Understanding the Business of Baseball: Insurance on Player Contracts

An article by posted on February 1, 2013

The business of baseball is a lot tougher to grasp than the dynamics of “on-the-field” play. As fans, we look at the end result of every decision made. Did he sign? Who did we trade? When was he drafted?

Rarely do we get to see what happens behind closed doors.

Recently, the injury of Alex Rodriguez has brought about questions regarding the insurance of a player’s contract. On top of that, the discussion of whether the Yankees can void the deal they voluntarily signed has come into question as well.

Regarding the insurance on a contract, here are some things you need to know:

Most of the insurance policies are covered within 3 year intervals, and most policies are done solely to protect teams from injuries to players on a long term deal. So for example, David Wright’s new 8 year deal would likely get a new policy after 2016, because he was already signed in 2013.

If you’re wondering why this is the case, think like an insurer for a minute.

Would you rather insure a contract for a 30 year old until he’s 38, or would you rather have a new policy at 34 be written? It’s not in the insurer’s best interest to protect the team for the full 8 years at age 30. The likelihood of an injury to Wright at age 35 is greater than the chance at 31. Therefore, the insurer will not offer as much protection in 2017 as they did in 2014.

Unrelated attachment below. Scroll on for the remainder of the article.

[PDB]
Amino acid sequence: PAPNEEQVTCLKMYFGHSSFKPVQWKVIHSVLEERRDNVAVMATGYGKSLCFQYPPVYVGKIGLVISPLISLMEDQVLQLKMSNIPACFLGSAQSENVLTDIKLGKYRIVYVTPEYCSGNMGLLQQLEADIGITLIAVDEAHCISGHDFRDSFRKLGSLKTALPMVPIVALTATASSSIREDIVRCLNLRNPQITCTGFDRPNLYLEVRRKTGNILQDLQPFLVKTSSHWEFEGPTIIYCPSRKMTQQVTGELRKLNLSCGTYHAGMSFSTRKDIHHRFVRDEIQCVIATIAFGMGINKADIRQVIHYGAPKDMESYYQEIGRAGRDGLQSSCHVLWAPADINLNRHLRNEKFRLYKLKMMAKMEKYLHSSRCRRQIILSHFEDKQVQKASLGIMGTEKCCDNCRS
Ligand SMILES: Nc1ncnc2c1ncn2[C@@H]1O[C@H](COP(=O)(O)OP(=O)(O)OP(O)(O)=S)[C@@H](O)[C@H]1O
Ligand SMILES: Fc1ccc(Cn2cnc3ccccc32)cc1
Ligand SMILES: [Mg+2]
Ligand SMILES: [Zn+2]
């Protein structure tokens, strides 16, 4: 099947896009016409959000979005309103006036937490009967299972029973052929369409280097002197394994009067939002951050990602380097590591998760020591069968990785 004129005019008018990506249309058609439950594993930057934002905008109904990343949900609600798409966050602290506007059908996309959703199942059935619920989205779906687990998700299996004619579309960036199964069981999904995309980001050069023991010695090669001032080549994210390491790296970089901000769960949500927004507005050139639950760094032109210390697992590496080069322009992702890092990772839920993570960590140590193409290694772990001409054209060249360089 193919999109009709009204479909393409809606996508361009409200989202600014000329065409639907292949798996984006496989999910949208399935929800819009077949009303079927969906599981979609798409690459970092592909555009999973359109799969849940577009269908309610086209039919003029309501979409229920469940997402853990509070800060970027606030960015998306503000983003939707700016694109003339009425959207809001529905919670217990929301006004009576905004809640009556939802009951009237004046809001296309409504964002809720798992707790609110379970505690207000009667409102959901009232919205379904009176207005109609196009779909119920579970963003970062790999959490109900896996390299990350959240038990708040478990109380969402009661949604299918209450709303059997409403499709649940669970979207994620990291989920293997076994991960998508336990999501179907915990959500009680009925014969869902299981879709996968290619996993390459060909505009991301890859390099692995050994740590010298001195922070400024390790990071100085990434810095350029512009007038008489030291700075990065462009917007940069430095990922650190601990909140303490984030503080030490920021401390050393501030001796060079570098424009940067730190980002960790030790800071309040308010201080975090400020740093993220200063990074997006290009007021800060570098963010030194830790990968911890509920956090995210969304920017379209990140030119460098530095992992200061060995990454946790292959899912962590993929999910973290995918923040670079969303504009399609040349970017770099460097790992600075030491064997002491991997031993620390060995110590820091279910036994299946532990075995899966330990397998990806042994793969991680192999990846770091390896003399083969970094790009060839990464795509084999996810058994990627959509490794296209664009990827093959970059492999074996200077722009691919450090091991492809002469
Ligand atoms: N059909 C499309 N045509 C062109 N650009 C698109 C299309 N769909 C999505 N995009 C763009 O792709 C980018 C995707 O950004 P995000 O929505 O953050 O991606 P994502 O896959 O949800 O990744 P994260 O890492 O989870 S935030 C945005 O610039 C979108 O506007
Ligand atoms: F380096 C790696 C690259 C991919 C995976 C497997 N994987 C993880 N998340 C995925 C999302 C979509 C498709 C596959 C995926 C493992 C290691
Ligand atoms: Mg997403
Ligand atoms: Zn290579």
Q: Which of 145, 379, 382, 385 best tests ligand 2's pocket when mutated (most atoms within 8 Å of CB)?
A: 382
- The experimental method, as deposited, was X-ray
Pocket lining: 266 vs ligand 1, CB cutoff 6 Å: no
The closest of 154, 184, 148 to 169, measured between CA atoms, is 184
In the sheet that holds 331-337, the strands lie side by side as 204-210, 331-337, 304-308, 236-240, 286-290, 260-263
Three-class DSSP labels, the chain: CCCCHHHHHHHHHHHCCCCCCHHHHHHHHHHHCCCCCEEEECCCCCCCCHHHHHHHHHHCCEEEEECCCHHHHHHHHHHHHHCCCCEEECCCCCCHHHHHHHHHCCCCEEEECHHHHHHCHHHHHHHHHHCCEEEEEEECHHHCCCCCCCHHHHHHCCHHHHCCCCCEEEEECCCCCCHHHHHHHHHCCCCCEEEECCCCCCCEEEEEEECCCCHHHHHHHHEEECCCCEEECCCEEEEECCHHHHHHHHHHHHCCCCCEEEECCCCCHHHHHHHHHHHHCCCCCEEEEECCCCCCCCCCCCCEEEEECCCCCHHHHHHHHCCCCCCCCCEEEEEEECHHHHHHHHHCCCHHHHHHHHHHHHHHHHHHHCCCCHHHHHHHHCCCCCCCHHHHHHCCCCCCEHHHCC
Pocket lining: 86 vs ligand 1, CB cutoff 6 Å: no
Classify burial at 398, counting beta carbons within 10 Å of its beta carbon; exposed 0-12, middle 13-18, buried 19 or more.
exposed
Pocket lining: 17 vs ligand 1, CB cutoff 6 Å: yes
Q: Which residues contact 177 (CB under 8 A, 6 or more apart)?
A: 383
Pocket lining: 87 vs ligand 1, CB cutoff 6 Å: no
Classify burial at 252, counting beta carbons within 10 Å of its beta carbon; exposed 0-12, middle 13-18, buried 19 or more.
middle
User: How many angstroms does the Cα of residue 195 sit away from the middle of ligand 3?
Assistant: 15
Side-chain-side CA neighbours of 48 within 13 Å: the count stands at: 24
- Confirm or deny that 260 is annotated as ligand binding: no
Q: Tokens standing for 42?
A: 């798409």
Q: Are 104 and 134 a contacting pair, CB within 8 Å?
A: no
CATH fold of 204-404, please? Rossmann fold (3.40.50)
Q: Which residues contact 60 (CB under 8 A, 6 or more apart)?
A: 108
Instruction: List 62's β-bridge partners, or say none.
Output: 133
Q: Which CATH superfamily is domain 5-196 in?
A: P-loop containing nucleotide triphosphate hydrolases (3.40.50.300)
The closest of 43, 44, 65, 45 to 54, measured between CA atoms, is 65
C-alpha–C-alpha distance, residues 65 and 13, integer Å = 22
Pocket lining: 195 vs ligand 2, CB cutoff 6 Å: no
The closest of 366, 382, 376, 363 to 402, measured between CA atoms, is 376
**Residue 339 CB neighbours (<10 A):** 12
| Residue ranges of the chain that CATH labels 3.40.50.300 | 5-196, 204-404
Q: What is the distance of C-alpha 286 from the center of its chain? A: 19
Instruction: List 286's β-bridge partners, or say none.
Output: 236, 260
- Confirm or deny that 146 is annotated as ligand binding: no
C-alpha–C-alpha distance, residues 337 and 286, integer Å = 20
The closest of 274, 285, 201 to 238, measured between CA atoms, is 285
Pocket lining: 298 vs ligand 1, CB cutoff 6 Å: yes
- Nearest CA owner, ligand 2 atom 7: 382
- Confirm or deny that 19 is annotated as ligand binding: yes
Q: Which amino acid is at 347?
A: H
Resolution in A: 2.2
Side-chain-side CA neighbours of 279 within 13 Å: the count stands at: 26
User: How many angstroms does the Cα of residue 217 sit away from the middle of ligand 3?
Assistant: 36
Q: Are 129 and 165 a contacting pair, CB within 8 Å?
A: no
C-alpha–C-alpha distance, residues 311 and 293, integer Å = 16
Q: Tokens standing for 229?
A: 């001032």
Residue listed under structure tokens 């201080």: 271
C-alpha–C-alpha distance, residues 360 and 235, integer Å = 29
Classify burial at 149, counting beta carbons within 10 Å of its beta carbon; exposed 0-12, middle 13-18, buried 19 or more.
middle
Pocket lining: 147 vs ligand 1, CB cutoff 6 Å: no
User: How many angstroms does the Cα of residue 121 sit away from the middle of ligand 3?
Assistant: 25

Most policies cover between 50-80% of the total contract value with premiums as high as 10% of the contract’s annual value. No insurer will cover the entire value of the contract, so there will always be some sort of risk on the teams part.

A major league team can only collect on a policy if a player is on the DL. Prior to the 1999 season, the Baltimore Orioles signed Albert Belle to a 5 year offer worth just over $60 million. Following the 2000 season, Belle was forced to retire due to a degenerative hip disease at age 34.

Because he could not fulfill the remaining 3 years on his contract, three things happened.

The first, he had to remain on their 40 man roster per the agreement within his insurance policy. Belle would still receive every penny of his remaining $39 million, but the Orioles were able to recover $23 million of that contract through the insurance policy.

This moment was when teams and insurer’s focused a little more closely on what and who to insure.

Cardinals former GM Walt Jocketty said

“It’s become so expensive that it’s a cost item we really have to look at when you put your payroll together. If you’re going to insure players, you almost have to include that as part of your payroll.”

The reason for this is likely that there is so much red tape involved in recovering a lucrative policy, that you may not see the recovery in the time it takes to pay said player. The Orioles had to pay Belle, regardless of what happened with the insurance. A baseball player’s contract is guaranteed.

David Wright eye exam

Policies often did, but now definitely do not include coverage on a pre-existing injury. So for example, it’s very unlikely that the Mets would be covered on David Wright’s back should he injure it again or possibly suffer from post-concussion symptoms.

To take it one step back into the past, is it possible the Mets could not get an insurance policy on Jose Reyes’ hamstring/leg problems? It most certainly is.

For pitchers, the policy is generally more expensive and at times may not cover an injury to the elbow or throwing shoulder even if there is not a history of such injury.